Resnick has violated virtually every guideline and tradition that has kept 12 Step programs alive since Bill and Bob started AA and saved lives in 1938. All 12 Step programs are ANONYMOUS. What goes on in meetings is to be left in meetings. I KNOW people she wrote about in this book. They were HUMILIATED when they read their most intimate, private, CONFIDENTIAL details shared, really for no good reason. They were in no way protected by changes made by the author. Their lives were used for profit Resnick has violated virtually every guideline and tradition that has kept 12 Step programs alive since Bill and Bob started AA and saved lives in 1938. All 12 Step programs are ANONYMOUS. What goes on in meetings is to be left in meetings. I KNOW people she wrote about in this book. They were HUMILIATED when they read their most intimate, private, CONFIDENTIAL details shared, really for no good reason. They were in no way protected by changes made by the author. Their lives were used for profit. Friends I referenced in the book say Resnick has also edited the experiences to make herself look way better than she apparently was when she was warmly welcomed into the rooms of SLAA, as every newcomer in every 12 Step program is. She has been banned from meetings (where she sat and took notes, writing what people said, their names, what they looked like, what they did, etc), disgraced herself and hurt deeply people who have suffered and struggled to find a solution in their lives for no good reason. This type of slander and exposure is why people are afraid to attend meetings. Rachel Resnick is a disgusting, talentless hack who can't come up with anything original to say and has to rely on others' experiences. Not to mention, it's shitty writing and so distorted it's not even real. Shame on her. Shame, shame, shame.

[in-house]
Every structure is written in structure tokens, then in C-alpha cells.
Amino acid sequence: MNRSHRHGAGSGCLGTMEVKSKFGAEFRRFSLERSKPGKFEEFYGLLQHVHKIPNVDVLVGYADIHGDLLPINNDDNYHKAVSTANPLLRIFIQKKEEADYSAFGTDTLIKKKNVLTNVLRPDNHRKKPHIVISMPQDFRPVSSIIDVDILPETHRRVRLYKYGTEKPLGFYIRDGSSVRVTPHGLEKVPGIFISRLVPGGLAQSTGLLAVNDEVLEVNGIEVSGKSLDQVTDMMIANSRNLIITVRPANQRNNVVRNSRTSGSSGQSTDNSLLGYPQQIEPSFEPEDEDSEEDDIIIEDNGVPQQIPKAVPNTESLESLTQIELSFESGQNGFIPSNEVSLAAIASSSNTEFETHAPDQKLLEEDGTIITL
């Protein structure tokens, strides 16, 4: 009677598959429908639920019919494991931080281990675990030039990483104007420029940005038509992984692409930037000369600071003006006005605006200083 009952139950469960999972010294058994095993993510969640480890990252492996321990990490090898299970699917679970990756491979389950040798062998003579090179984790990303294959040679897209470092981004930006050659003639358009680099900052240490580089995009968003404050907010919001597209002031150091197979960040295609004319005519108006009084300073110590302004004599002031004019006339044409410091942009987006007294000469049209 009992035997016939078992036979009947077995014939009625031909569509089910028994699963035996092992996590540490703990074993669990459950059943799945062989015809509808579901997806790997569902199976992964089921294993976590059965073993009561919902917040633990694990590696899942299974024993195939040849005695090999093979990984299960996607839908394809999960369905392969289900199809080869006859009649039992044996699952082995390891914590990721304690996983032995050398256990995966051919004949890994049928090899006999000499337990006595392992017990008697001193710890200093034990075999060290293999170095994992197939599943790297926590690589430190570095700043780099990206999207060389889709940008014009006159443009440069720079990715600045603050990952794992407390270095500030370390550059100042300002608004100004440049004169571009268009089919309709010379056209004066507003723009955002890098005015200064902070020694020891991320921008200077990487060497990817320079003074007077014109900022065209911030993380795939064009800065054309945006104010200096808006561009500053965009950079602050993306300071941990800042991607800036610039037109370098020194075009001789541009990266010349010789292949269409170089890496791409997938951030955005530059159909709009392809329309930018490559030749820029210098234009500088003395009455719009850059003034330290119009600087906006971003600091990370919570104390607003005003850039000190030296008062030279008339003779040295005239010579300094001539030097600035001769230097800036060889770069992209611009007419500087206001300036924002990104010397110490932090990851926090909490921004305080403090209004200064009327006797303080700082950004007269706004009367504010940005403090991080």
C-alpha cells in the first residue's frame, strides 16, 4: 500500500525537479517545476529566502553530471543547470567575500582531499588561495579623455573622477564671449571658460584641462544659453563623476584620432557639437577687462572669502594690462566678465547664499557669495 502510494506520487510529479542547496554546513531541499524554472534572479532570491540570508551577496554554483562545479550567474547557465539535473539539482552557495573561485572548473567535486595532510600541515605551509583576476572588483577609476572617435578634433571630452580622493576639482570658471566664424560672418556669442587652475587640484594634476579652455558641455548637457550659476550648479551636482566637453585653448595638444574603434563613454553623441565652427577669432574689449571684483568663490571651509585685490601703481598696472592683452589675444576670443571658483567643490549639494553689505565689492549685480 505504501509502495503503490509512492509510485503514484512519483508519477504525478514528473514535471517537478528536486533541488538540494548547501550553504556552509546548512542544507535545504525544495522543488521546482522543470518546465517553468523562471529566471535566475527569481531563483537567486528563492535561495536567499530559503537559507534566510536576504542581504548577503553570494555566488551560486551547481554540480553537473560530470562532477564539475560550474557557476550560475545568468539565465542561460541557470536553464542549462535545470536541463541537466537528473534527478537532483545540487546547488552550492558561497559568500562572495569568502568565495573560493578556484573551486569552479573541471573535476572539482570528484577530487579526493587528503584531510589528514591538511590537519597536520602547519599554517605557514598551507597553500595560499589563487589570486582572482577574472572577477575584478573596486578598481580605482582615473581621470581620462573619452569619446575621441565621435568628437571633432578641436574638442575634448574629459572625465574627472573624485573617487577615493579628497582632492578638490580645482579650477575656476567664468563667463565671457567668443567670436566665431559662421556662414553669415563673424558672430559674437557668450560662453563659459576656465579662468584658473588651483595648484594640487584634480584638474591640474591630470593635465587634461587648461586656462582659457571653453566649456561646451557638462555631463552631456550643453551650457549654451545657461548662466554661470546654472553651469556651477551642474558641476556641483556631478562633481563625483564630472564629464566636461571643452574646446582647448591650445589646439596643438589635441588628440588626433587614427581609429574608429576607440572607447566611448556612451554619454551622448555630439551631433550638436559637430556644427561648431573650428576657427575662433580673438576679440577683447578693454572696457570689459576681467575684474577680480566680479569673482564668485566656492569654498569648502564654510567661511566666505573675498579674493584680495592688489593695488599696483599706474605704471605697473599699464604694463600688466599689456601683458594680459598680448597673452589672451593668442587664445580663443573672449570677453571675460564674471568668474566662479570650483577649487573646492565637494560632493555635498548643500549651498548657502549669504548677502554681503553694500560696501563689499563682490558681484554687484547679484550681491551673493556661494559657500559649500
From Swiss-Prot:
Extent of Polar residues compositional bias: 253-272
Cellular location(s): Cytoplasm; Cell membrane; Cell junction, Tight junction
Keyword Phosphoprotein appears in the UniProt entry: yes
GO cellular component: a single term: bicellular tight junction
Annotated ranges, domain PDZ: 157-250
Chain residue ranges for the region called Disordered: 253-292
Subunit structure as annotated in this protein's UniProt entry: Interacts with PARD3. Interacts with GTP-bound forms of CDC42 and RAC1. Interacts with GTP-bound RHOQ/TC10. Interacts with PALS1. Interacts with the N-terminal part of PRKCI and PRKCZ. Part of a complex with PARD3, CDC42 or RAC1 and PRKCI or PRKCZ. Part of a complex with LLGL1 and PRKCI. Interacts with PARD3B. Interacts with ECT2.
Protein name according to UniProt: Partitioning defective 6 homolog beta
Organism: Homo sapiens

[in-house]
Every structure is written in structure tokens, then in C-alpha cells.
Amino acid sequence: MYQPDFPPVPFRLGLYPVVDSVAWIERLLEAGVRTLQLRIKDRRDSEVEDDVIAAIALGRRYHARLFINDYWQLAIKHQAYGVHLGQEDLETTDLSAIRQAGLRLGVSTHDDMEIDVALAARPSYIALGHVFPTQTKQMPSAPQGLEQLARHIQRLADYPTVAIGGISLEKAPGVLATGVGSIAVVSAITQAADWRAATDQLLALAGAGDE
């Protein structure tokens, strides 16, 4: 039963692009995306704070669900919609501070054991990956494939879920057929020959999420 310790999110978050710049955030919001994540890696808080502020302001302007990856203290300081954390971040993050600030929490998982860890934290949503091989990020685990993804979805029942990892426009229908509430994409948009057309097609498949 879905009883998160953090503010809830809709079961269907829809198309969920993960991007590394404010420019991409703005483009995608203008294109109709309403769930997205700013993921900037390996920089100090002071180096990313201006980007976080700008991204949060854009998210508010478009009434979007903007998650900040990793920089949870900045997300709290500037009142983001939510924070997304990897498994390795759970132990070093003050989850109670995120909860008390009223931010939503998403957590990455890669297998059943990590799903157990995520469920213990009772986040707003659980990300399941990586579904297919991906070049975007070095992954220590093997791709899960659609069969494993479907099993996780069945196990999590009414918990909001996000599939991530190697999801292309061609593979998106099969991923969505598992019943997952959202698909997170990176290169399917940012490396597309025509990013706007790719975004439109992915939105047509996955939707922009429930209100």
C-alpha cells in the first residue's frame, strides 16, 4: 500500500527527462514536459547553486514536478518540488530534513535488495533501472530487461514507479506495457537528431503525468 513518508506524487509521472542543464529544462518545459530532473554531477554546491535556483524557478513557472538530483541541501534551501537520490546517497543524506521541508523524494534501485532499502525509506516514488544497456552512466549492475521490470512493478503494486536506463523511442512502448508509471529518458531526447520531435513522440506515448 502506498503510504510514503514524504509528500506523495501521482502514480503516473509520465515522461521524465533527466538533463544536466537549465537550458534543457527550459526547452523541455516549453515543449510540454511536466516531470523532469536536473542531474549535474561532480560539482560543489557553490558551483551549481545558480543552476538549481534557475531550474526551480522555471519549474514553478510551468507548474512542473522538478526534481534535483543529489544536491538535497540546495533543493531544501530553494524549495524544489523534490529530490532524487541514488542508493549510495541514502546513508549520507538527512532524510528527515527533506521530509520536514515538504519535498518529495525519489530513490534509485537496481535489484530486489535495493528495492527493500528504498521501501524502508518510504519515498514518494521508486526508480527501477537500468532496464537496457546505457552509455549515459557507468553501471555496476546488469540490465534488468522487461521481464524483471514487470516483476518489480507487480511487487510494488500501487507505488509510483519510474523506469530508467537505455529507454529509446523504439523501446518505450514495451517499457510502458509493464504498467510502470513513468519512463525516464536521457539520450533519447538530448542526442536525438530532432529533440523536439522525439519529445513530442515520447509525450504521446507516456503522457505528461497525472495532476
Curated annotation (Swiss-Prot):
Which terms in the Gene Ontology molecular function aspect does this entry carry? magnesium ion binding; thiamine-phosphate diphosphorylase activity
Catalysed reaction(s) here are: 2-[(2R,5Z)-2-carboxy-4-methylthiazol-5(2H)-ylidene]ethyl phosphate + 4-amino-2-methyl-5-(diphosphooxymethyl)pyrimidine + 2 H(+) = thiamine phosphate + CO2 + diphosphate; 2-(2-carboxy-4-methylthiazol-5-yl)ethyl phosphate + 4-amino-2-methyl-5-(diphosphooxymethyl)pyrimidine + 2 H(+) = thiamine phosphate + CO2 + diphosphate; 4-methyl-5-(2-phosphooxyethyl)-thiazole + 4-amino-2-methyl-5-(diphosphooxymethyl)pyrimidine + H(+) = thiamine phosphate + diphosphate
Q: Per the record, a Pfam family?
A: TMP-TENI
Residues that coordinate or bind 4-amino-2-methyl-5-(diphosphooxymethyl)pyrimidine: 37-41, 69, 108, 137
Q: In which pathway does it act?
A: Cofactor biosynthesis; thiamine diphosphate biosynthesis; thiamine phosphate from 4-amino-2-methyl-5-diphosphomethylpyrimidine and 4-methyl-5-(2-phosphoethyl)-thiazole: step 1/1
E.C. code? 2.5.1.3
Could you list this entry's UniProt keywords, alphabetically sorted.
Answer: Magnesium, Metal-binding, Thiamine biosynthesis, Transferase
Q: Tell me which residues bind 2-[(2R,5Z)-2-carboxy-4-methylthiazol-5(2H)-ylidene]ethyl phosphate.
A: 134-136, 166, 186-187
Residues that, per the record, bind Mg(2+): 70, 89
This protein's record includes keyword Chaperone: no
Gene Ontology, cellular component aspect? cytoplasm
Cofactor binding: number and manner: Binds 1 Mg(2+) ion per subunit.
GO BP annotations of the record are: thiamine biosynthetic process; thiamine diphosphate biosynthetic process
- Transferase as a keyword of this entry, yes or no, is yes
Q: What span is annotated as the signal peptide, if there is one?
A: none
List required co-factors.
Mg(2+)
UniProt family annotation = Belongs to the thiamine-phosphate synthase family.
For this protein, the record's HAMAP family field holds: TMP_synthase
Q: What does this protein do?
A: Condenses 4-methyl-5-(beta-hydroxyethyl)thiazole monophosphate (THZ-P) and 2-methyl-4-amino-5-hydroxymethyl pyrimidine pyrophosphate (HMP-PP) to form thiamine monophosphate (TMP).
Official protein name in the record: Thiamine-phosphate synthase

17. 4 out of 5

    Kid